Our opinion: A week after Newtown
Today, the National Rifle Association, on the defensive for a change, will offer what it describes has "meaningful contributions" to the gun debate brought about the horrific tragedy in Newtown, Connecticut, one week ago today. It seems unlikely the gun lobby has found religion in a week and there is greater potential for meaningful contributions from the gun task force that President Obama announced the creation of Wednesday to offer recommendations next month -- which would constitute remarkably quick action in Washington.
Safely and decisively re-elected to a second term, the president now appears willing to spend some political capital on gun control for the first time in four years. With a few NRA acolytes in Congress now expressing the heretical view that significant gun law reform must follow the slaughter of school children, there is real momentum for change and the Obama administration cannot allow it to stall.
U.S. Senator Scott Brown’s announcement Wednesday that he now supports a federal ban on assault weapons that he had opposed right through his failed campaign for re-election is of more than academic interest, as the Republican could be running once again in a Senate special election should U.S. Senator John Kerry be named U.S. secretary of state. Senator Brown said he had believed that it should be up to the states to enact such bans, as Massachusetts has done, but it must have been obvious to him that Wild West states like Texas and Idaho would never do so.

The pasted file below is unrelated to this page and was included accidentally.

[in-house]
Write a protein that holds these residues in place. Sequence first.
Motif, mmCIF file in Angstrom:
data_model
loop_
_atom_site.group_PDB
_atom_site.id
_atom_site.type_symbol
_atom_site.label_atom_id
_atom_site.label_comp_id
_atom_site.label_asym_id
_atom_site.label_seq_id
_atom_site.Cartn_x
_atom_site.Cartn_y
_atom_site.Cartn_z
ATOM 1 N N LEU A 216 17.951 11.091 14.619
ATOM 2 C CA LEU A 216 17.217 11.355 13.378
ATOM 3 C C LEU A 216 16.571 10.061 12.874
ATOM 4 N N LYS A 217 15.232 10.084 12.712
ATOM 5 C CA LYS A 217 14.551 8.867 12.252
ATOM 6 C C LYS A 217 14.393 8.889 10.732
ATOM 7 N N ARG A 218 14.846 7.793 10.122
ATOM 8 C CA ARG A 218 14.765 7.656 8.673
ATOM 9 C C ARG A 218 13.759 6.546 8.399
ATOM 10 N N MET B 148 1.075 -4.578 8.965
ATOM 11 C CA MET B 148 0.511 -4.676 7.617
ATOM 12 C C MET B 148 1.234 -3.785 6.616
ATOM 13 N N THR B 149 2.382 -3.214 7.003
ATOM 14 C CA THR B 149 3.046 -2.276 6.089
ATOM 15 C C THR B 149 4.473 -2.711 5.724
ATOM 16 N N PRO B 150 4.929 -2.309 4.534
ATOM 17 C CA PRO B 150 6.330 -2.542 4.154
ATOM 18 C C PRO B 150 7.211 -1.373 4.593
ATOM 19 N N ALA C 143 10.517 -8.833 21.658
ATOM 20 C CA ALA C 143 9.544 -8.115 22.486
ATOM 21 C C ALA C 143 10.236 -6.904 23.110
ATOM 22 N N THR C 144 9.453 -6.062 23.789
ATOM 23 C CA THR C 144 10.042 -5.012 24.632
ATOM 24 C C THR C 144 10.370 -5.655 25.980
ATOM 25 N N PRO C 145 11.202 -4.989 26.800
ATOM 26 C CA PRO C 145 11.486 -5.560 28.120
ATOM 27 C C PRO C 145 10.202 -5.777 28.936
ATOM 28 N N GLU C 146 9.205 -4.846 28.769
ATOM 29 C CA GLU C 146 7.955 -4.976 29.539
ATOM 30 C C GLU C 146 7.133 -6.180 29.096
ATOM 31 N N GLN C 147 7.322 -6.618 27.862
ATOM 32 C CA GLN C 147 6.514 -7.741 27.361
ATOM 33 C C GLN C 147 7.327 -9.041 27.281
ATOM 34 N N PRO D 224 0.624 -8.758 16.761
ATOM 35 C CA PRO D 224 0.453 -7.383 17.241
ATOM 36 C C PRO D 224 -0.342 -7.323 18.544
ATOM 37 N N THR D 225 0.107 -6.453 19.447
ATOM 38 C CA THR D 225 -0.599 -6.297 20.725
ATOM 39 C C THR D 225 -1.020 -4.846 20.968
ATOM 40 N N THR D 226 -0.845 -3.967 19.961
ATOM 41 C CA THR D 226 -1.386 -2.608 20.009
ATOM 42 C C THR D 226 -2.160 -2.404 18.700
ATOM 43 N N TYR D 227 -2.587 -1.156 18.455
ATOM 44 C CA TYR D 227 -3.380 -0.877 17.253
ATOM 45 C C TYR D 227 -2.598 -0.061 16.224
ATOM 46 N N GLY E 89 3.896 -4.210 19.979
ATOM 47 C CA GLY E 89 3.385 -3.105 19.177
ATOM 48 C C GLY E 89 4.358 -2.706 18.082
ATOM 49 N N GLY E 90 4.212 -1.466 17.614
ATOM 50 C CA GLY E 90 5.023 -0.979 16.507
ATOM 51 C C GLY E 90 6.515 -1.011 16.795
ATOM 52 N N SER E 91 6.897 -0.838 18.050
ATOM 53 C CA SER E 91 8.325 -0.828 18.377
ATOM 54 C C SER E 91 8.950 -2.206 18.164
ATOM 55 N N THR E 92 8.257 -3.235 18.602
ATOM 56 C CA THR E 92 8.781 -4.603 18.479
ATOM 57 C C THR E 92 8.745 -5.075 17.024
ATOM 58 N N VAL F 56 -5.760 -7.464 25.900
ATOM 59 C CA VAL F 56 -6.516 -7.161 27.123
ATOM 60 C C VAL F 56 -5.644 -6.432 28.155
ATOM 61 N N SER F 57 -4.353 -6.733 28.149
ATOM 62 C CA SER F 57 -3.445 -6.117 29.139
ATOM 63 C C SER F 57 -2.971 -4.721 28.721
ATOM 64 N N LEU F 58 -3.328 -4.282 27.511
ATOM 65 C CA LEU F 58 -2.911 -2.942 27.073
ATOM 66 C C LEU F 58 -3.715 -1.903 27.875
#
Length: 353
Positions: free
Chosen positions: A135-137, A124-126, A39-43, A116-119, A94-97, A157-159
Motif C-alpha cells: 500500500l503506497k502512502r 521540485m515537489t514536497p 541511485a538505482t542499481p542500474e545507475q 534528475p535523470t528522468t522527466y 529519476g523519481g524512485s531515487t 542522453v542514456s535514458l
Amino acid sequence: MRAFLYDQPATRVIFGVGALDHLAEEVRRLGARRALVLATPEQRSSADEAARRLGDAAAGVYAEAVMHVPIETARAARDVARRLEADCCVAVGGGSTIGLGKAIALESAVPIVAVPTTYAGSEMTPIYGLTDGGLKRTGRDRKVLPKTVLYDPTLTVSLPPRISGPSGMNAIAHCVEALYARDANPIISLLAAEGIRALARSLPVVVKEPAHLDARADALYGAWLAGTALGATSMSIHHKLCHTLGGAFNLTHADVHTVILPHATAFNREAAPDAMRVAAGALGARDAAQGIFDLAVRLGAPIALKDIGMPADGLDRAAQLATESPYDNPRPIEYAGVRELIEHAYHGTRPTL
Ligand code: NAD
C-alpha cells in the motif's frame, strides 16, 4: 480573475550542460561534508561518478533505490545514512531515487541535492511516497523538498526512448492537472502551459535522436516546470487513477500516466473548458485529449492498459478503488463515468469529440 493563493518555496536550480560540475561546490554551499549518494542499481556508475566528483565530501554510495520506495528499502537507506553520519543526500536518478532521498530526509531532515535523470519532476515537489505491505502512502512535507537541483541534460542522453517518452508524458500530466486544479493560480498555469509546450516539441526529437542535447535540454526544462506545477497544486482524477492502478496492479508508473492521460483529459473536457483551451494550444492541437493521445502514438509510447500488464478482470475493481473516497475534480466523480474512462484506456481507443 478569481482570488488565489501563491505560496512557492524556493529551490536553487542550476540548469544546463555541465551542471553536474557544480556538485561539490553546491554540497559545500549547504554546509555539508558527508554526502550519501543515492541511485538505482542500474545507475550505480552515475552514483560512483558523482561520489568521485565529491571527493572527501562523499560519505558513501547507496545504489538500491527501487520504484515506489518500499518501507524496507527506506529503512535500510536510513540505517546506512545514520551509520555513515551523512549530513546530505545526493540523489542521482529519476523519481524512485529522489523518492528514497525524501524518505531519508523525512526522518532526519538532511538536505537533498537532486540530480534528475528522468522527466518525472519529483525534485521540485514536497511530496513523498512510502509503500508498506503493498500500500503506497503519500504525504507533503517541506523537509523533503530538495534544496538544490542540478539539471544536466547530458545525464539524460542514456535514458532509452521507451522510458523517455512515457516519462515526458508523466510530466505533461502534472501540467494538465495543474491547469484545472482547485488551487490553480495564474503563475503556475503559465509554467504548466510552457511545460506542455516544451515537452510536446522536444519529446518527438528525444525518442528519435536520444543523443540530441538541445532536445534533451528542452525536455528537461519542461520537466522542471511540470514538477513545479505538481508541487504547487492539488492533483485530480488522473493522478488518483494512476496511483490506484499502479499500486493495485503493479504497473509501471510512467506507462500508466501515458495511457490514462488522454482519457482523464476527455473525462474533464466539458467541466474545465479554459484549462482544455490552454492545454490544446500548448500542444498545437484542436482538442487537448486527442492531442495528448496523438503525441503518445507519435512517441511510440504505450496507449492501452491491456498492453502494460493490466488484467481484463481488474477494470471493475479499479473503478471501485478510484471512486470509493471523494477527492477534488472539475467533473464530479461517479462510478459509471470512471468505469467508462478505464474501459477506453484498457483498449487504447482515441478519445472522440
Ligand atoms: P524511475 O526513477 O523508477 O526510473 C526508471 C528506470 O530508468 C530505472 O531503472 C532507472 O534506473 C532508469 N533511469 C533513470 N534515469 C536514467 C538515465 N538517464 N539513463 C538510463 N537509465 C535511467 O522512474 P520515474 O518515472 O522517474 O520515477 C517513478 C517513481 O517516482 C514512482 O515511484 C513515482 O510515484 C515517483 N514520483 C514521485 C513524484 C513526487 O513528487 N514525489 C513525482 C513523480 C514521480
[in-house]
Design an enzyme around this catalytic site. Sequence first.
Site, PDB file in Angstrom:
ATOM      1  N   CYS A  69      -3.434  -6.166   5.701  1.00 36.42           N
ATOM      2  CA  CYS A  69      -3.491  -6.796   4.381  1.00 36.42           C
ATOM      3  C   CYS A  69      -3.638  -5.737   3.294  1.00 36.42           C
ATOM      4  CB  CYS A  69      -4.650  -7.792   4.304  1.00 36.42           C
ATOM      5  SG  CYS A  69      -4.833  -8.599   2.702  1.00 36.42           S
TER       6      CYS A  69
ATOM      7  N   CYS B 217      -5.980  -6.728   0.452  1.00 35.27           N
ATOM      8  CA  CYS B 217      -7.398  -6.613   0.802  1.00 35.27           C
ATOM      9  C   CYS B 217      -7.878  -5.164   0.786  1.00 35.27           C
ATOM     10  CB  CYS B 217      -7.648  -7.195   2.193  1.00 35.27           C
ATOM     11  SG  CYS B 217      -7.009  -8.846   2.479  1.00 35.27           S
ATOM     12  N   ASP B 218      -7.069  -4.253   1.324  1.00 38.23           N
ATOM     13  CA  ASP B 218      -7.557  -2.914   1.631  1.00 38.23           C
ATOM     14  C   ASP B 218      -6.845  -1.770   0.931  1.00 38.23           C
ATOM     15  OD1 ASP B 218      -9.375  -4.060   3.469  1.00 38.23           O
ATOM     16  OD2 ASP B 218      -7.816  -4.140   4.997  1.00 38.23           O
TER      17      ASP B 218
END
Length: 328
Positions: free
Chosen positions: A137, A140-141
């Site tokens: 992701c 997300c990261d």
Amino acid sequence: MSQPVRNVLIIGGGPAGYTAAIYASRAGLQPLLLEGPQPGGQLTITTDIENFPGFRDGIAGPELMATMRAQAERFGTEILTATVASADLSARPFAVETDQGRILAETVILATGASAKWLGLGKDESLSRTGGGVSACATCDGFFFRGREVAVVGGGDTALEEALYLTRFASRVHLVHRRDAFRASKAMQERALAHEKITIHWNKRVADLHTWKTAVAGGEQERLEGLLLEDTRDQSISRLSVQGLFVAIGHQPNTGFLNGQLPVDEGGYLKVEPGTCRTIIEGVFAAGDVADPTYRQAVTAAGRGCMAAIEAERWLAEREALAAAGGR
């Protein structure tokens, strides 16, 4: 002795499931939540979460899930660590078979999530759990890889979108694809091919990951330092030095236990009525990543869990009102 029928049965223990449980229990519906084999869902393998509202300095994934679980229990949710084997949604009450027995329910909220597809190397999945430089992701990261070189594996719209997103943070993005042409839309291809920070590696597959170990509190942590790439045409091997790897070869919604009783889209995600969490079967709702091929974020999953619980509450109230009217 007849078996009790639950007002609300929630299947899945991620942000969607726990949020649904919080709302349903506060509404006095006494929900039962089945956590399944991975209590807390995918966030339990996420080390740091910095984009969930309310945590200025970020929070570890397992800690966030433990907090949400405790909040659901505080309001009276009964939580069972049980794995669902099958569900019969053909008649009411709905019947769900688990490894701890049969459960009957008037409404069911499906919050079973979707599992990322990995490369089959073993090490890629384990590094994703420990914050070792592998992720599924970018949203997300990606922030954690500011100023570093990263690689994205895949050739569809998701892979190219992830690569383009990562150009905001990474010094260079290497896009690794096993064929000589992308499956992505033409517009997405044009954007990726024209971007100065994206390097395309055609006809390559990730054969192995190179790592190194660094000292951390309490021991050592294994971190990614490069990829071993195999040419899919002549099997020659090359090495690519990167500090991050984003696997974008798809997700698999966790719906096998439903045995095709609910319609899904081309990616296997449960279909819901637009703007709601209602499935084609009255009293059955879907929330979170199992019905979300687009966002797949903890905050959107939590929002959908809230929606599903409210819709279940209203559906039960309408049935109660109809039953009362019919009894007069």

At any rate, he is welcome to join the cause, following the lead of among others Senator-elect Elizabeth Warren, a Democrat who grew up in a family that hunted with guns. Senator Warren, who will succeed Senator Brown next month, has promised to sign onto a bill reinstating an assault weapons ban, which expired in 2004 after 10 years, when she takes office.
A ban on the kind of weapons that have no place in a civil society is not, however, the end game of gun control, but the beginning. A national buy-back program should be funded to encourage Americans to give up dangerous weapons that can then be dismantled and scrapped. A national gun registry is necessary and no more unconstitutional than a national vehicle registry -- in fact the DMV already has a database to work from. The NRA has blocked all efforts to computerize records of gun sales even though that would be of great assistance to law enforcement authorities trying to protect lives.
The assertion by opponents of new gun laws that we should "enforce the laws we have now" is rendered irrelevant by the reality that the agency charged with doing that, the Bureau of Alcohol, Tobacco, Firearms and Explosives, is grievously underfunded and has not had a confirmed director during the entire Obama administration. Obama nominees have been stalled by Senate Republicans because their NRA masters have found them to be antigun.
The NRA won’t change its spots but the nation must change if it is to cure its gun sickness. For that to happen, the pressure for change must be applied relentlessly. More on how that can happen and who can lead on Sunday’s editorial page.
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